Faster than the Speed of Love is a fictional work of literature featured in the animated television series Family Guy. The novel is written by the character Brian Griffin. Faster than the Speed of Love is essentially a Story within a story.

Writing the Novel[]

Over various episodes of the series, it is alluded to that Brian has spent several years working on a novel. As a running gag, various characters ridicule Brian on this point, implying that the novel will never be completed.

The novel was first mentioned by Stewie in the episode "Brian the Bachelor" (the subject was brought up twice) and again in "Brian Goes Back to College", wherein Stewie mockingly asks him how he is coming along with the novel, his voice growing higher and higher in pitch until it reaches a comic level, only returning to normal after the subject is dropped (though in the latter episode, Stewie goes right into his high voice, with Brian quickly knocking him out in frustration). In Saving Private Brian, Stewie attempts to keep Brian from leaving the army by saying "You dropped out of college and you still haven't finished that novel," pointing out that he believes Brian rarely completes what he sets out to do.


In the episode "Movin' Out (Brian's Song)", he tells Lois he has finally come up with a plot for the novel and has entitled it Faster Than the Speed of Love who laughs that it is the worst title she as ever heard.

The story is of a boy who has to rescue his father who is a pilot that's been taken captive by a militant islamic country. The boy has to gather old World War II pilots to help rescue the father. One of the pilots is Japanese but is accepted by the other pilots regardless.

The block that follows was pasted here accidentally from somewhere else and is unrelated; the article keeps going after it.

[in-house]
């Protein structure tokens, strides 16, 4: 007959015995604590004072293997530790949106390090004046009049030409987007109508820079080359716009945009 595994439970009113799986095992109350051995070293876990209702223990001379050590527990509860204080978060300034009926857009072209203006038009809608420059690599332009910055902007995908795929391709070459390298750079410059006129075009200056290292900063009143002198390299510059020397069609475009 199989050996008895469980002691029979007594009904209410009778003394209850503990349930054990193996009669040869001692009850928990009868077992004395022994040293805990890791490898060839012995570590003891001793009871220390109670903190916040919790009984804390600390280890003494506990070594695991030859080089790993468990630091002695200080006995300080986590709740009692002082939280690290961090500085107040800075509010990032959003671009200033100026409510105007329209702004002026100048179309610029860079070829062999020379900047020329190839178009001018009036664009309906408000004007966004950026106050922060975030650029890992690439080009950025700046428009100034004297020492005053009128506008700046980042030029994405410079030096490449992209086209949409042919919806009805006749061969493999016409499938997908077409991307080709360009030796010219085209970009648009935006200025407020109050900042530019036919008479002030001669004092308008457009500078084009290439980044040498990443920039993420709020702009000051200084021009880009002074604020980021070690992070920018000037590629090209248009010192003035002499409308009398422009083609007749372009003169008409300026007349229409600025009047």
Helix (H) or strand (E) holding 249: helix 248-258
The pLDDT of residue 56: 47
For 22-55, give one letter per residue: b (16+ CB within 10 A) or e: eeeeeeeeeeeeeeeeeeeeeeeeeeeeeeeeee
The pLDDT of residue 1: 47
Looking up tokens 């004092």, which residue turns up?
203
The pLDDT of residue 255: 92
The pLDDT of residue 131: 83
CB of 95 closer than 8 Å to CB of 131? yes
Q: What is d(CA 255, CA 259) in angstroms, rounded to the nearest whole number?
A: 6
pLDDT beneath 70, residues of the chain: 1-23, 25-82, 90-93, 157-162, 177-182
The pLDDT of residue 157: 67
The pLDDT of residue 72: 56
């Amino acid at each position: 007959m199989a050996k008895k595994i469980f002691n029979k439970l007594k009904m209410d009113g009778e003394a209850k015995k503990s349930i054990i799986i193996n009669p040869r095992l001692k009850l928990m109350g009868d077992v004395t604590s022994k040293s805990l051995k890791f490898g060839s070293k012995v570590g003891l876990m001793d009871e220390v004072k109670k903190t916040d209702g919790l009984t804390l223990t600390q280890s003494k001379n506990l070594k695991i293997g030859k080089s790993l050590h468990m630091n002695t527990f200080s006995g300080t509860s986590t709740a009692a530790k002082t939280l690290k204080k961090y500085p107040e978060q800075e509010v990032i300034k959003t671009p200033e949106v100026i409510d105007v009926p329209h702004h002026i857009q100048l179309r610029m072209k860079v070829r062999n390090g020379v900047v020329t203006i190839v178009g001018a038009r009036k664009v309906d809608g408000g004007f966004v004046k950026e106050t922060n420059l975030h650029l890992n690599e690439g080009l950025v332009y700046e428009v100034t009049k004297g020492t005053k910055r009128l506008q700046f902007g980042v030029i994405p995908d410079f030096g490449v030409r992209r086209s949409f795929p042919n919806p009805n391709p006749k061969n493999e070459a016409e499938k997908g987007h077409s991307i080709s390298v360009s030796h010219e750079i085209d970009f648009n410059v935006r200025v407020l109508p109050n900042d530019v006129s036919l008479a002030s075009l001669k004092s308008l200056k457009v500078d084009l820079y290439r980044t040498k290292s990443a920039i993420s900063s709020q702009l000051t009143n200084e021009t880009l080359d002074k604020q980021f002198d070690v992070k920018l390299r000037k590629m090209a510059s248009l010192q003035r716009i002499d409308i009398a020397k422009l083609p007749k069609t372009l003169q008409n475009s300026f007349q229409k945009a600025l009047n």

Lois is amused that the plot is exaclty the same as that in the Iron Eagle series of films. Brian appears to be unaware of the similarities or even of the existence of the films. It is unclear whether these similarities are a coincidence or a case of Cryptomnesia.

The consistency of the plot is backed up in "The Former Life of Brian". Brian gets stoned with his son Dylan, and reveals details of the novel. All the audience hears of this is " chapter 28, the other pilots finally trust the Japanese pilot and let him into their group." This refers to a plot line in the film "Aces: Iron Eagle III".


In the episode "420", the book is published. Carter Pewterschmidt bribes Brian into encouraging the abolishing of marijuana. In exchange, Carter finances the publicaion and shipping of the novel. Two million copies are printed, and an Oprah sticker is put on the book to encourage sales.

Critical and Commercial Reception[]

At the end of "420", the book is mentioned in a news report. The book is reported to have set the record for worst selling novel of all time, not selling a single copy, noted as "thanks to universal panning by literary critics".

Before the novel's publication, in "The Former Life of Brian" Brian recounts the story to his son Dylan (who is stoned at the time). Dylan states that it is an amazing story.

See also[]


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